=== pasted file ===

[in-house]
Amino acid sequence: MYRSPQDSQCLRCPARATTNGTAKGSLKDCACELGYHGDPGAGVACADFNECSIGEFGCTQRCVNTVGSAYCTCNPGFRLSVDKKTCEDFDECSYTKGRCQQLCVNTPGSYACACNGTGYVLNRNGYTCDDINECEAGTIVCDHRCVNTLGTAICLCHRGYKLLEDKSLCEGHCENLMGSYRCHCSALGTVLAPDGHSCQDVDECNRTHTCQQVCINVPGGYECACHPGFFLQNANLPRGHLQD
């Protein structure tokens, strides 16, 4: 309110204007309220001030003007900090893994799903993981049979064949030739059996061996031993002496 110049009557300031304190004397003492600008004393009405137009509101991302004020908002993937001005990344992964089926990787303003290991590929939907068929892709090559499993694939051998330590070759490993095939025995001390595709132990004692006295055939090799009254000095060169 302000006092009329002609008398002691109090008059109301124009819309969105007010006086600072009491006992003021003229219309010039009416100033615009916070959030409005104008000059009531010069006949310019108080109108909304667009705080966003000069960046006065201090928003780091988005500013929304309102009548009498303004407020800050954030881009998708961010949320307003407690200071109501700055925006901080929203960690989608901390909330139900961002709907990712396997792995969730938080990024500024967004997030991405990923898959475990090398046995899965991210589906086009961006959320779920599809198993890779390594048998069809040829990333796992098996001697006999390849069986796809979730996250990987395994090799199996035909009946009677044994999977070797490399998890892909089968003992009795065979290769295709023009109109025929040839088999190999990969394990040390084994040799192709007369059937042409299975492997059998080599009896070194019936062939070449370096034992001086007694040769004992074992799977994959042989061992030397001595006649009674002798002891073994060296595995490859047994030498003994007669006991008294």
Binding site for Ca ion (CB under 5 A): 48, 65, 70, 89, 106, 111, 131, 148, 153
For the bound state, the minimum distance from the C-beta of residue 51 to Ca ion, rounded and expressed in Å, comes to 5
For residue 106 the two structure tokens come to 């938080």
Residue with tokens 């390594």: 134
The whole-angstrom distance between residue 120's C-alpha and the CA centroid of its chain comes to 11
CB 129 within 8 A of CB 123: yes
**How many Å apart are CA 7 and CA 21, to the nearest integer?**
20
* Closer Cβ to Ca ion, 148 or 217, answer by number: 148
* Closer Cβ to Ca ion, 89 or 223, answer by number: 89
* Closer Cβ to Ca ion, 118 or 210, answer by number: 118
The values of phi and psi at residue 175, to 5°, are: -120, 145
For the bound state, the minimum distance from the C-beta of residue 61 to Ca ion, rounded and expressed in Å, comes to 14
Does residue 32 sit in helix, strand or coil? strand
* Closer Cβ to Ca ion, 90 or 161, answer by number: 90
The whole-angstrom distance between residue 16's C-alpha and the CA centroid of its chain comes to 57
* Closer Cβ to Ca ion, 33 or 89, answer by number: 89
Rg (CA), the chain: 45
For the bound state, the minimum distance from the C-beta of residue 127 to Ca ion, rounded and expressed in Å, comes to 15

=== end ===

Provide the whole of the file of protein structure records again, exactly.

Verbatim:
[in-house]
Amino acid sequence: MYRSPQDSQCLRCPARATTNGTAKGSLKDCACELGYHGDPGAGVACADFNECSIGEFGCTQRCVNTVGSAYCTCNPGFRLSVDKKTCEDFDECSYTKGRCQQLCVNTPGSYACACNGTGYVLNRNGYTCDDINECEAGTIVCDHRCVNTLGTAICLCHRGYKLLEDKSLCEGHCENLMGSYRCHCSALGTVLAPDGHSCQDVDECNRTHTCQQVCINVPGGYECACHPGFFLQNANLPRGHLQD
């Protein structure tokens, strides 16, 4: 309110204007309220001030003007900090893994799903993981049979064949030739059996061996031993002496 110049009557300031304190004397003492600008004393009405137009509101991302004020908002993937001005990344992964089926990787303003290991590929939907068929892709090559499993694939051998330590070759490993095939025995001390595709132990004692006295055939090799009254000095060169 302000006092009329002609008398002691109090008059109301124009819309969105007010006086600072009491006992003021003229219309010039009416100033615009916070959030409005104008000059009531010069006949310019108080109108909304667009705080966003000069960046006065201090928003780091988005500013929304309102009548009498303004407020800050954030881009998708961010949320307003407690200071109501700055925006901080929203960690989608901390909330139900961002709907990712396997792995969730938080990024500024967004997030991405990923898959475990090398046995899965991210589906086009961006959320779920599809198993890779390594048998069809040829990333796992098996001697006999390849069986796809979730996250990987395994090799199996035909009946009677044994999977070797490399998890892909089968003992009795065979290769295709023009109109025929040839088999190999990969394990040390084994040799192709007369059937042409299975492997059998080599009896070194019936062939070449370096034992001086007694040769004992074992799977994959042989061992030397001595006649009674002798002891073994060296595995490859047994030498003994007669006991008294």
Binding site for Ca ion (CB under 5 A): 48, 65, 70, 89, 106, 111, 131, 148, 153
For the bound state, the minimum distance from the C-beta of residue 51 to Ca ion, rounded and expressed in Å, comes to 5
For residue 106 the two structure tokens come to 């938080």
Residue with tokens 């390594």: 134
The whole-angstrom distance between residue 120's C-alpha and the CA centroid of its chain comes to 11
CB 129 within 8 A of CB 123: yes
**How many Å apart are CA 7 and CA 21, to the nearest integer?**
20
* Closer Cβ to Ca ion, 148 or 217, answer by number: 148
* Closer Cβ to Ca ion, 89 or 223, answer by number: 89
* Closer Cβ to Ca ion, 118 or 210, answer by number: 118
The values of phi and psi at residue 175, to 5°, are: -120, 145
For the bound state, the minimum distance from the C-beta of residue 61 to Ca ion, rounded and expressed in Å, comes to 14
Does residue 32 sit in helix, strand or coil? strand
* Closer Cβ to Ca ion, 90 or 161, answer by number: 90
The whole-angstrom distance between residue 16's C-alpha and the CA centroid of its chain comes to 57
* Closer Cβ to Ca ion, 33 or 89, answer by number: 89
Rg (CA), the chain: 45
For the bound state, the minimum distance from the C-beta of residue 127 to Ca ion, rounded and expressed in Å, comes to 15